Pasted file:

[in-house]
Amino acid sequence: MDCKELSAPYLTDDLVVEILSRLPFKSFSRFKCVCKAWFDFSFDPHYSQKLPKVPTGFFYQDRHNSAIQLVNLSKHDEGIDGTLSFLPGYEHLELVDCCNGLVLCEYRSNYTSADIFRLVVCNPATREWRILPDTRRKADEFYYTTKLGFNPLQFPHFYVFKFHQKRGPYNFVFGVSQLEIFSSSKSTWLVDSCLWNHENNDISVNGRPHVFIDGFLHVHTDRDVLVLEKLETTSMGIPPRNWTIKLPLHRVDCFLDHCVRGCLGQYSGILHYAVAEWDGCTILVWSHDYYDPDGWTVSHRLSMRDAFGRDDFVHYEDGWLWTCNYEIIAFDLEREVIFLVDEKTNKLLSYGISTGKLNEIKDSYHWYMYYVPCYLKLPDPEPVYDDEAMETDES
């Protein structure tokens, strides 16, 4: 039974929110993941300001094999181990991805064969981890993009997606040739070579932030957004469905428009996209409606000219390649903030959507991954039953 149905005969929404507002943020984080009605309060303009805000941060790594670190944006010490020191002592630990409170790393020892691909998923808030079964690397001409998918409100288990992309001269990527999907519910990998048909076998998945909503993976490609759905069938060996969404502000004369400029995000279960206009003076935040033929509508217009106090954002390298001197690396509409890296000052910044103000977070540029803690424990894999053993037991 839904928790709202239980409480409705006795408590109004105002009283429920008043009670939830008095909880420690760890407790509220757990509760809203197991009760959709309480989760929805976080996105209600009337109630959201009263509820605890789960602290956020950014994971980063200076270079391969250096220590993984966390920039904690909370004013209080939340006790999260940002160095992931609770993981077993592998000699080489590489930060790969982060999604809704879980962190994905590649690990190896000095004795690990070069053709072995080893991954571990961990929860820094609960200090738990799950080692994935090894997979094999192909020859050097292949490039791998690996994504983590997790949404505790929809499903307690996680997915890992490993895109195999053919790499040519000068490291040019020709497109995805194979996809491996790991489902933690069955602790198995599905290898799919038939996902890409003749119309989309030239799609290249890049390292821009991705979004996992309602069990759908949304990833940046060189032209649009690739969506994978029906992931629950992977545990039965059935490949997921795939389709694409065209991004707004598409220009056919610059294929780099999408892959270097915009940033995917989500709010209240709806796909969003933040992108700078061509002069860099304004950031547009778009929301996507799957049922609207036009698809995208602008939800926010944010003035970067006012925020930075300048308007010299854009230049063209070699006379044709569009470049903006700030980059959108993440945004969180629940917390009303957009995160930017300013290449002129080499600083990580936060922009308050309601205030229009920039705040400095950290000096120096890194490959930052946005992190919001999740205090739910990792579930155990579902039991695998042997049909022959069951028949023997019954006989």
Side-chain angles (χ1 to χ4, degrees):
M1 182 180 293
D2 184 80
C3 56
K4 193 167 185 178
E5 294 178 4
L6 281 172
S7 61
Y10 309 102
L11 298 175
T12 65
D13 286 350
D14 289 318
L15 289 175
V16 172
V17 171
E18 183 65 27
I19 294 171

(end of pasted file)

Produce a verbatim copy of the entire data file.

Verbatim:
[in-house]
Amino acid sequence: MDCKELSAPYLTDDLVVEILSRLPFKSFSRFKCVCKAWFDFSFDPHYSQKLPKVPTGFFYQDRHNSAIQLVNLSKHDEGIDGTLSFLPGYEHLELVDCCNGLVLCEYRSNYTSADIFRLVVCNPATREWRILPDTRRKADEFYYTTKLGFNPLQFPHFYVFKFHQKRGPYNFVFGVSQLEIFSSSKSTWLVDSCLWNHENNDISVNGRPHVFIDGFLHVHTDRDVLVLEKLETTSMGIPPRNWTIKLPLHRVDCFLDHCVRGCLGQYSGILHYAVAEWDGCTILVWSHDYYDPDGWTVSHRLSMRDAFGRDDFVHYEDGWLWTCNYEIIAFDLEREVIFLVDEKTNKLLSYGISTGKLNEIKDSYHWYMYYVPCYLKLPDPEPVYDDEAMETDES
């Protein structure tokens, strides 16, 4: 039974929110993941300001094999181990991805064969981890993009997606040739070579932030957004469905428009996209409606000219390649903030959507991954039953 149905005969929404507002943020984080009605309060303009805000941060790594670190944006010490020191002592630990409170790393020892691909998923808030079964690397001409998918409100288990992309001269990527999907519910990998048909076998998945909503993976490609759905069938060996969404502000004369400029995000279960206009003076935040033929509508217009106090954002390298001197690396509409890296000052910044103000977070540029803690424990894999053993037991 839904928790709202239980409480409705006795408590109004105002009283429920008043009670939830008095909880420690760890407790509220757990509760809203197991009760959709309480989760929805976080996105209600009337109630959201009263509820605890789960602290956020950014994971980063200076270079391969250096220590993984966390920039904690909370004013209080939340006790999260940002160095992931609770993981077993592998000699080489590489930060790969982060999604809704879980962190994905590649690990190896000095004795690990070069053709072995080893991954571990961990929860820094609960200090738990799950080692994935090894997979094999192909020859050097292949490039791998690996994504983590997790949404505790929809499903307690996680997915890992490993895109195999053919790499040519000068490291040019020709497109995805194979996809491996790991489902933690069955602790198995599905290898799919038939996902890409003749119309989309030239799609290249890049390292821009991705979004996992309602069990759908949304990833940046060189032209649009690739969506994978029906992931629950992977545990039965059935490949997921795939389709694409065209991004707004598409220009056919610059294929780099999408892959270097915009940033995917989500709010209240709806796909969003933040992108700078061509002069860099304004950031547009778009929301996507799957049922609207036009698809995208602008939800926010944010003035970067006012925020930075300048308007010299854009230049063209070699006379044709569009470049903006700030980059959108993440945004969180629940917390009303957009995160930017300013290449002129080499600083990580936060922009308050309601205030229009920039705040400095950290000096120096890194490959930052946005992190919001999740205090739910990792579930155990579902039991695998042997049909022959069951028949023997019954006989």
Side-chain angles (χ1 to χ4, degrees):
M1 182 180 293
D2 184 80
C3 56
K4 193 167 185 178
E5 294 178 4
L6 281 172
S7 61
Y10 309 102
L11 298 175
T12 65
D13 286 350
D14 289 318
L15 289 175
V16 172
V17 171
E18 183 65 27
I19 294 171